Atlanta Defamation Lawyers
Defamation - Libel and Slander
Defamation is a false statement of fact published or communicated to another person that causes injury to reputation. Defamation that is in written or published form is generally referenced as libel, while defamation that is spoken is generally referenced as slander. A person or a company that defames another person or company may be held liable for the resultant damages. Unless the defamation constitutes defamation per se (explained below), the harmed party must prove that the statement has caused actual harm.
A disparaging statement, or a statement that simply cannot be proven to be either true of false (such as an opinion), is not defamatory.
Statutes of limitation for defamation claims are often shorter than statutes of limitation for injury and breach of contract claims. Some states have statutes of limitation which bar such claims if suit is not filed within one year from the date of the defamation. There are nuances that affect when the defamation occurs, particularly when the defamatory statements are published.
In any claim for defamation, truth is an absolute defense. If the words spoken or published are true, whether they are harmful, typically no valid claim for defamation exists.
Some types of communication are so obviously harmful, that they are categorized as defamation per se. The classic example of defamation per se is a communication that imputes or accuses another of committing a crime.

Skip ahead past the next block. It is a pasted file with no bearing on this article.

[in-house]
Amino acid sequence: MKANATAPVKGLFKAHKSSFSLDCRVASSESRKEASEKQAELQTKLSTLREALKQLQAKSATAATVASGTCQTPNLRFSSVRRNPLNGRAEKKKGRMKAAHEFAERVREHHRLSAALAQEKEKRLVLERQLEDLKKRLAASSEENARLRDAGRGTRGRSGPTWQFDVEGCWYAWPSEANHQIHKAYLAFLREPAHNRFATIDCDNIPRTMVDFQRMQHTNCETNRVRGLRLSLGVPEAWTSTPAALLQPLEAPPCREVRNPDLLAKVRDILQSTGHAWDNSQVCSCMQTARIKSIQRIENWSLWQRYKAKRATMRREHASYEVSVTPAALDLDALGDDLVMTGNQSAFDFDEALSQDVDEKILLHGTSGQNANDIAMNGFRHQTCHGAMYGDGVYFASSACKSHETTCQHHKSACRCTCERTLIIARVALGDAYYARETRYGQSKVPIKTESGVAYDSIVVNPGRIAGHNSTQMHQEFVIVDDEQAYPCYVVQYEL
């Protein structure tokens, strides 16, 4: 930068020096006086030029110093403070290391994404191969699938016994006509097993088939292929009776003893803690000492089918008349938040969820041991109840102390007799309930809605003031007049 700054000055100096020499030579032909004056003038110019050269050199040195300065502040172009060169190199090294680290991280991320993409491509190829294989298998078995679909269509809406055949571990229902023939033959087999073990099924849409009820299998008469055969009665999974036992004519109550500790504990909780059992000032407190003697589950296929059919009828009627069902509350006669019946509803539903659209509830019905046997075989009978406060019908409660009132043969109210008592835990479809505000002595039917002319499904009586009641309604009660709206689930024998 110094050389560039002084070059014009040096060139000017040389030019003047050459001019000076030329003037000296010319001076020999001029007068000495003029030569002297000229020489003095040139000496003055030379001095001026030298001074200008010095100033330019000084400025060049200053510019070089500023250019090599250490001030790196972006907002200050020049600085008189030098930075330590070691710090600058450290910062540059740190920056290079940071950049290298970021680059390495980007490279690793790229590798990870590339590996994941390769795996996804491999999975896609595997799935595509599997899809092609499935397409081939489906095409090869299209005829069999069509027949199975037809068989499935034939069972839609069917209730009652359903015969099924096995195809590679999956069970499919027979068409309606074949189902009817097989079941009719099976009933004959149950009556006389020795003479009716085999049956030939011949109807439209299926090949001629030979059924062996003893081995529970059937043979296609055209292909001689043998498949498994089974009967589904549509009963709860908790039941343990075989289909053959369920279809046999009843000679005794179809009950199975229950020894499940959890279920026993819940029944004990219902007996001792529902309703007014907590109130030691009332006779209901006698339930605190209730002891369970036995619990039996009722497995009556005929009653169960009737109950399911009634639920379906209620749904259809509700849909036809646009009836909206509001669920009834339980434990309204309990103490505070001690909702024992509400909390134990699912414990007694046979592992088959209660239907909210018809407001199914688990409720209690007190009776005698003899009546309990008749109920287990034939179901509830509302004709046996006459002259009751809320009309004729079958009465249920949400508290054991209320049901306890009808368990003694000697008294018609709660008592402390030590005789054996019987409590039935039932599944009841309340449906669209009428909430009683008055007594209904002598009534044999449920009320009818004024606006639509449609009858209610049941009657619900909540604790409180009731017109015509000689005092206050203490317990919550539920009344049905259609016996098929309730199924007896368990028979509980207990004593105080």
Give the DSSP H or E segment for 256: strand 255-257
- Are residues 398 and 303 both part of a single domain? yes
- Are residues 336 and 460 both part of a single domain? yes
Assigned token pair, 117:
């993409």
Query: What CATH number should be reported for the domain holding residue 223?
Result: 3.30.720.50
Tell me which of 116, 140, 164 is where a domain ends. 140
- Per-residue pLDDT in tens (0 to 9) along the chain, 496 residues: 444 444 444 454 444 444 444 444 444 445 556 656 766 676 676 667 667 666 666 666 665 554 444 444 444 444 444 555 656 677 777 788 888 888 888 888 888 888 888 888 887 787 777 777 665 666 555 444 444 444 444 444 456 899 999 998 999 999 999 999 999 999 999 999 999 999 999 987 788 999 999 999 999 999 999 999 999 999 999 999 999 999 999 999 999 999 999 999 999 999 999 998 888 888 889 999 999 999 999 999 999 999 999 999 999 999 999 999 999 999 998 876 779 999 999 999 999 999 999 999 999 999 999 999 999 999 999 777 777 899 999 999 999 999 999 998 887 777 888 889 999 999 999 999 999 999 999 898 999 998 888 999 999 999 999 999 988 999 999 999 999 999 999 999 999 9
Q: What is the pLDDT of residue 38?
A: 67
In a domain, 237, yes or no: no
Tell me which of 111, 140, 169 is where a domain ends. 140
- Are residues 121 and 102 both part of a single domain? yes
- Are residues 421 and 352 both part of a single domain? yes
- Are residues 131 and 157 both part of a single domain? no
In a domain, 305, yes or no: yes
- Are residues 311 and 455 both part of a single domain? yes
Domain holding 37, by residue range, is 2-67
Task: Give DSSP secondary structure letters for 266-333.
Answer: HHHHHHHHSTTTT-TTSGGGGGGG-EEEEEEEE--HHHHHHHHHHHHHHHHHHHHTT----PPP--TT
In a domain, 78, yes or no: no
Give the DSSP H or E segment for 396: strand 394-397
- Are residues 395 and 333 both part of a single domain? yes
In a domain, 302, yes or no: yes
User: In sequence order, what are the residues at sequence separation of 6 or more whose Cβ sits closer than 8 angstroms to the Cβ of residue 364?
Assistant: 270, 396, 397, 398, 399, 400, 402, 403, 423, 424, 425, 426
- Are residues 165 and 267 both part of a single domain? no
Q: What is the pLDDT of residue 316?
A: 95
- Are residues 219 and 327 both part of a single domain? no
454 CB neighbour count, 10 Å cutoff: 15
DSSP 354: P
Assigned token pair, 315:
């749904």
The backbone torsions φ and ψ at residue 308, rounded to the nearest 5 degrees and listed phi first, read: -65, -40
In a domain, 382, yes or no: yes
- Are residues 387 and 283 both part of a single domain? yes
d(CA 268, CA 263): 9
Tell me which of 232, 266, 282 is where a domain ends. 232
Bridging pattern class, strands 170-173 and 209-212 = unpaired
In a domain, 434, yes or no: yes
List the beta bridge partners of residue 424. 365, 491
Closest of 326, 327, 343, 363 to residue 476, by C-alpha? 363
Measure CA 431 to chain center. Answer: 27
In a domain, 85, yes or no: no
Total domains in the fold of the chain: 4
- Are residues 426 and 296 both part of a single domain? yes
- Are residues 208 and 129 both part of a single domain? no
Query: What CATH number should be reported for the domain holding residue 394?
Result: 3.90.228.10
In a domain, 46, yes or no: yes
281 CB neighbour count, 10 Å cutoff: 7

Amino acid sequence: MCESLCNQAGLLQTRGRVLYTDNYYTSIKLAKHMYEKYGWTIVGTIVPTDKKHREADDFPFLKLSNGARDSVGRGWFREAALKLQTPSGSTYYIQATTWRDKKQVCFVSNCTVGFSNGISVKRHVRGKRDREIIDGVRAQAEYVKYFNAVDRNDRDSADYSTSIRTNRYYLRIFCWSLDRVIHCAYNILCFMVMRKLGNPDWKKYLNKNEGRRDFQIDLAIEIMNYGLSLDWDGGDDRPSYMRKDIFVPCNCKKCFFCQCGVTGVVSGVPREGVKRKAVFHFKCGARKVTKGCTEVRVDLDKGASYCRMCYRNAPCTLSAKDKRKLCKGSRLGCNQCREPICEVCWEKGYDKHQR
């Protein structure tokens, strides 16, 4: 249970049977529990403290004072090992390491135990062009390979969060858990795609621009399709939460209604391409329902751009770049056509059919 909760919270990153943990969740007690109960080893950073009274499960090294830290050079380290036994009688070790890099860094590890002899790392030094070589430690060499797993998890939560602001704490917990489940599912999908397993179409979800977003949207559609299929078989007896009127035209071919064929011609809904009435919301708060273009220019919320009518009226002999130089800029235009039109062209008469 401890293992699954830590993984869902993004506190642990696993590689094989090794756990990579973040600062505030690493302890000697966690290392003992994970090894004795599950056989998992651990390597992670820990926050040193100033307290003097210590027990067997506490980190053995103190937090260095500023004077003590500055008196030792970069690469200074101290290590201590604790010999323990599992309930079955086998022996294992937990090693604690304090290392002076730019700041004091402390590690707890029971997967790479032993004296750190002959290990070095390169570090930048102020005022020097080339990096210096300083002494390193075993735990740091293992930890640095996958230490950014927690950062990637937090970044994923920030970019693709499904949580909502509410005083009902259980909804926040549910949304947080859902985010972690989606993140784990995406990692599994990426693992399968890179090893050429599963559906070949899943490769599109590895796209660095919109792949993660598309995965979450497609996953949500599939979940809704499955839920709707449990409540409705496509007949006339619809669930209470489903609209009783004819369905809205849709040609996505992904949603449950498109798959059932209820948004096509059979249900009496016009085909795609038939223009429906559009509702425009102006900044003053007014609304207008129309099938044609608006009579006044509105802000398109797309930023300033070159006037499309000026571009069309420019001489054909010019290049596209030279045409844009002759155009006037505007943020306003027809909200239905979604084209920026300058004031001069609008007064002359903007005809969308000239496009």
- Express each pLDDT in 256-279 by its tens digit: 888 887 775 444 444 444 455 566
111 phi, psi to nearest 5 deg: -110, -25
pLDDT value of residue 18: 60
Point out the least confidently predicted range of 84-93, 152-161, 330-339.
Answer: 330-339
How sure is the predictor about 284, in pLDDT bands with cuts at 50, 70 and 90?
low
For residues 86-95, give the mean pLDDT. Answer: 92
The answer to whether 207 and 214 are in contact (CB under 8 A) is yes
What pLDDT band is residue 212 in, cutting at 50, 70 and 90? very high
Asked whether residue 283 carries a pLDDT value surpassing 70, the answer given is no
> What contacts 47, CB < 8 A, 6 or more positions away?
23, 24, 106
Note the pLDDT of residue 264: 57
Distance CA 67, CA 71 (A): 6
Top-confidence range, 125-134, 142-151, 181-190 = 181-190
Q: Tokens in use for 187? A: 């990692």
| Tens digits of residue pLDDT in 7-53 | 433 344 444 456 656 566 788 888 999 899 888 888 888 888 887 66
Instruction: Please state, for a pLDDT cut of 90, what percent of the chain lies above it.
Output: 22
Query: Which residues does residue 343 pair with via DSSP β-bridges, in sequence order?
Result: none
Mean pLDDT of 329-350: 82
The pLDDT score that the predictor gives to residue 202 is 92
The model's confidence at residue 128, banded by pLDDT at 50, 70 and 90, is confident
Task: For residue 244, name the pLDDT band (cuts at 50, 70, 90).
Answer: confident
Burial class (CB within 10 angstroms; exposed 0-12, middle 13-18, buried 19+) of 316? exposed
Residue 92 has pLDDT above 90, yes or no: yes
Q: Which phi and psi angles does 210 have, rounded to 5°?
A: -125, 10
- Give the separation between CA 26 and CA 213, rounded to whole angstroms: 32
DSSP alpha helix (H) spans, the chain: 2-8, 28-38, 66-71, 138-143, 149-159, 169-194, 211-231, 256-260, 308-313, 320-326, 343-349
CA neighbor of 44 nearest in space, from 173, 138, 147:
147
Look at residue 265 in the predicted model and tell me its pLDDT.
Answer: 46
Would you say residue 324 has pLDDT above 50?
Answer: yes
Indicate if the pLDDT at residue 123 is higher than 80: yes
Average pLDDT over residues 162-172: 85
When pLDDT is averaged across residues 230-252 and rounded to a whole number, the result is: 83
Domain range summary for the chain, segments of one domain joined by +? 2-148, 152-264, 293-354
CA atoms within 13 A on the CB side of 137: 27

If defamation per se exists, damages will be presumed to have flowed from such communication, and the plaintiff may be relieved of having to show that the communication caused actual harm.
Finally, the standard for proof of defamation claims is different for people who are public figures. Public figures, which can include politicians or others who have injected themselves into the public eye, have to prove, in addition to the elements of defamation, that the defendant acted with “actual malice.” In essence, this means that the plaintiff in such a case must prove that the defendant either made the statement knowing that it was false, or made the statement with reckless disregard of whether it was false or not. This is a higher burden of proof than imposed upon individuals who are not considered to be public figures.